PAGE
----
Uncivil Unrest, chapter 1: The Bounty Hunter Wars, Part 1: Beyond the Rim

State of the Outer Rim

With the destruction of Alderaan and the Death Star, all but the most extremely distant and isolated worlds are aware that they are living through the midst of the Galactic Civil War. The Empire, a seemingly invincible juggernaut, has missed its chance to decisively crush the Rebellion, and now vast swathes of the previously-neutral Outer Rim are declaring open allegiance to the Rebellion. In response to the loss of their battle station, the Empire lashes out furiously in all directions like a blind giant.

Despite countless speeches by Imperial propagandists about bringing order to the galaxy, the practical effect of the past decade of Imperial policy has been to shatter the fragile peace enjoyed by the rimward regions of the galaxy and plunge countless sectors of space into chaos. Pirates, crime syndicates, and smugglers may not dare to set foot in the core worlds; but beyond those privileged bastions, they reign supreme. The dissolution of the senate and the last vestiges of the Old Republic’s bureaucracy also swept away a centuries-enduring law enforcement apparatus, leaving poorly-defended systems and settlers dependent upon the newly formed Imperial Army and Navy – who were more interested in crushing dissent and collecting ruinous levels of taxation and tribute than stamping out the spice trade or protecting citizens from marauding criminals. If the citizens in question happen to be nonhuman, Imperial troops are more likely to come as slavers and agents of terror than as protectors.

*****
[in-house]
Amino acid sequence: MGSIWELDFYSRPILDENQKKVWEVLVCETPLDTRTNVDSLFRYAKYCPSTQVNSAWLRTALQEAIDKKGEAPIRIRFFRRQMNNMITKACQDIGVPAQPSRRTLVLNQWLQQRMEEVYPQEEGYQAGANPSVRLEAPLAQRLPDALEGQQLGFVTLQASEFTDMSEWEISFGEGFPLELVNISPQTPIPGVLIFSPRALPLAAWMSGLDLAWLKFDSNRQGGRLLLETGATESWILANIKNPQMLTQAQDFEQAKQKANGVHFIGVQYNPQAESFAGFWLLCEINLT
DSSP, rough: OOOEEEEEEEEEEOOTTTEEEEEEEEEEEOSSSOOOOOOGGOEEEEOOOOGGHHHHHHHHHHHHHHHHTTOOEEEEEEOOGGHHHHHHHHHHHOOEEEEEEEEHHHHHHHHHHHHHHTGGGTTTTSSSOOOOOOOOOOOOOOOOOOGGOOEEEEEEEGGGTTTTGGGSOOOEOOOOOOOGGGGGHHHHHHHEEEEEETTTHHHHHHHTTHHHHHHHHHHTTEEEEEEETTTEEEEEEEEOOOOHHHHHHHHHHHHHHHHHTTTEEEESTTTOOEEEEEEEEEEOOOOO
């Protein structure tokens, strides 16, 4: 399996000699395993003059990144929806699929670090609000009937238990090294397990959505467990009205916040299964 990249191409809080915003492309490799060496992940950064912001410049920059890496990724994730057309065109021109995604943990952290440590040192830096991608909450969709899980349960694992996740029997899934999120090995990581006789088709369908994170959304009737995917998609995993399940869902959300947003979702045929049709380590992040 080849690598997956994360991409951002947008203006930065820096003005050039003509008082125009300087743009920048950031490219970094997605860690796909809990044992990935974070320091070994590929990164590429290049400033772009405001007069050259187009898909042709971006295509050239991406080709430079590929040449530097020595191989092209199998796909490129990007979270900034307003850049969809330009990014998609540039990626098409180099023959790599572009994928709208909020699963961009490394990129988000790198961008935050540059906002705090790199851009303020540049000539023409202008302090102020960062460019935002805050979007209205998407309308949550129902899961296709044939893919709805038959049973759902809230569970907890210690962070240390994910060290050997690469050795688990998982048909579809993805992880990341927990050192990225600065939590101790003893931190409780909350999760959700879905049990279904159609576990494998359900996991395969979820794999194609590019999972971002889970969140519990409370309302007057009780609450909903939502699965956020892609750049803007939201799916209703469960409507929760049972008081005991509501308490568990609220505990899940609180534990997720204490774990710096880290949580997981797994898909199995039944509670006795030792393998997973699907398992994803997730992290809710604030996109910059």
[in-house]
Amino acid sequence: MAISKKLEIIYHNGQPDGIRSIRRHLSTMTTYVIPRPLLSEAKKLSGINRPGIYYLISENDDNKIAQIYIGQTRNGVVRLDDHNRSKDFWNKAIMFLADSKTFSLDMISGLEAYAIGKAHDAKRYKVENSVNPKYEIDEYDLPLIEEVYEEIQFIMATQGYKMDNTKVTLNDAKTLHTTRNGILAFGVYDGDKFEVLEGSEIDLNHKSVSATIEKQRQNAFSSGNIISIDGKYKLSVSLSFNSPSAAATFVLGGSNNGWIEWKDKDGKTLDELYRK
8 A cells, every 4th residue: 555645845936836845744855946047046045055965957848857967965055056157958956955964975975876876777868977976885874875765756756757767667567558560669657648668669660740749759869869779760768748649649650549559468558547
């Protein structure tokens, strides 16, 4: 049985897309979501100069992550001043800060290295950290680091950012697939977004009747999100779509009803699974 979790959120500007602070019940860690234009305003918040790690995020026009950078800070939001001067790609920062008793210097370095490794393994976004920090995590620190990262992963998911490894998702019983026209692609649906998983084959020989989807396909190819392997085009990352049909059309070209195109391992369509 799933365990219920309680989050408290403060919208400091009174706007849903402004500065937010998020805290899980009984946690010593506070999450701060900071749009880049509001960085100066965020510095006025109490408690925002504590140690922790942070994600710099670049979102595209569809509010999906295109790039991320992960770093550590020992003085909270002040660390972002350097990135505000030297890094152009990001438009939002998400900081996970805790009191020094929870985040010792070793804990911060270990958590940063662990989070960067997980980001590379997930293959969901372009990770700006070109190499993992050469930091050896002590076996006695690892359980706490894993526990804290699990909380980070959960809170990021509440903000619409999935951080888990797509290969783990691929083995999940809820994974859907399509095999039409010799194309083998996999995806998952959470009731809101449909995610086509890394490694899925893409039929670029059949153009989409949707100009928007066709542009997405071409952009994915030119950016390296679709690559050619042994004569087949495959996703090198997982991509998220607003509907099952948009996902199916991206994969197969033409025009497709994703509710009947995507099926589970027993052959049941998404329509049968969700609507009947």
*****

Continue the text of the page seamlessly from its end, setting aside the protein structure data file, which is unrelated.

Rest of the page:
In this age of chaos in the Outer Rim, where enforcement of the law only reaches as far as the range of one’s blaster or the favor of those in power, many turn to bounty hunters and vigilantism. But among them, too, there is only division. A month before the Battle of Yavin, the Empire officially seized control of the ancient and well-respected Galactic Bounty Hunter’s Guild. The implicit offer that came with Imperial control filtered through to every hunter: from now on, certain influential criminals (most notably Black Sun and the Hutt Cartels) would be off-limits, untouchable regardless of their actions, and secondly, the hunters would abandon their long policy of neutrality in matters of interplanetary warfare and make hunting down members of the Rebel Alliance their top priority.

This was the culmination of a change that had been taking place for years – after the clone wars, a new generation of ruthless, violent hunters who scorned any code of ethics emerged… the most prominent of whom is a mysterious Mandalorian by the name of Boba Fett. Though part of Fett’s legend is his preference for working alone, by the time of the Battle of Yavin, he had become seen as the Guild’s de-facto leader and representative, after the death under mysterious circumstances of the old top hunter, Crossk.